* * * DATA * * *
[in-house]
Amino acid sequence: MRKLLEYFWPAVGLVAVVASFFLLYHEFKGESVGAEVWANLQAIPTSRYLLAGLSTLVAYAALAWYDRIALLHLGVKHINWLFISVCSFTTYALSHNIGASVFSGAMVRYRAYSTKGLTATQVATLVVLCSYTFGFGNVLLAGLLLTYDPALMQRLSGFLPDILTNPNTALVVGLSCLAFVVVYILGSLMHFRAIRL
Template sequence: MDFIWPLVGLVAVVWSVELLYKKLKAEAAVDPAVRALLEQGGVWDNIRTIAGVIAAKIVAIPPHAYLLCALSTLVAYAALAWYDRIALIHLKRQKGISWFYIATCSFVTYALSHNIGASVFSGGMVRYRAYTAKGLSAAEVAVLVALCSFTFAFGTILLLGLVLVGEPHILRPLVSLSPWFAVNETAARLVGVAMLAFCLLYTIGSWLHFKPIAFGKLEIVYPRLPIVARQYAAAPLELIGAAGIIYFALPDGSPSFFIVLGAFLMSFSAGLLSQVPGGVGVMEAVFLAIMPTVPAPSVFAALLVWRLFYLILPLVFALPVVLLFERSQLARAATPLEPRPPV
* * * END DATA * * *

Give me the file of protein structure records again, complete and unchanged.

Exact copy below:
[in-house]
Amino acid sequence: MRKLLEYFWPAVGLVAVVASFFLLYHEFKGESVGAEVWANLQAIPTSRYLLAGLSTLVAYAALAWYDRIALLHLGVKHINWLFISVCSFTTYALSHNIGASVFSGAMVRYRAYSTKGLTATQVATLVVLCSYTFGFGNVLLAGLLLTYDPALMQRLSGFLPDILTNPNTALVVGLSCLAFVVVYILGSLMHFRAIRL
Template sequence: MDFIWPLVGLVAVVWSVELLYKKLKAEAAVDPAVRALLEQGGVWDNIRTIAGVIAAKIVAIPPHAYLLCALSTLVAYAALAWYDRIALIHLKRQKGISWFYIATCSFVTYALSHNIGASVFSGGMVRYRAYTAKGLSAAEVAVLVALCSFTFAFGTILLLGLVLVGEPHILRPLVSLSPWFAVNETAARLVGVAMLAFCLLYTIGSWLHFKPIAFGKLEIVYPRLPIVARQYAAAPLELIGAAGIIYFALPDGSPSFFIVLGAFLMSFSAGLLSQVPGGVGVMEAVFLAIMPTVPAPSVFAALLVWRLFYLILPLVFALPVVLLFERSQLARAATPLEPRPPV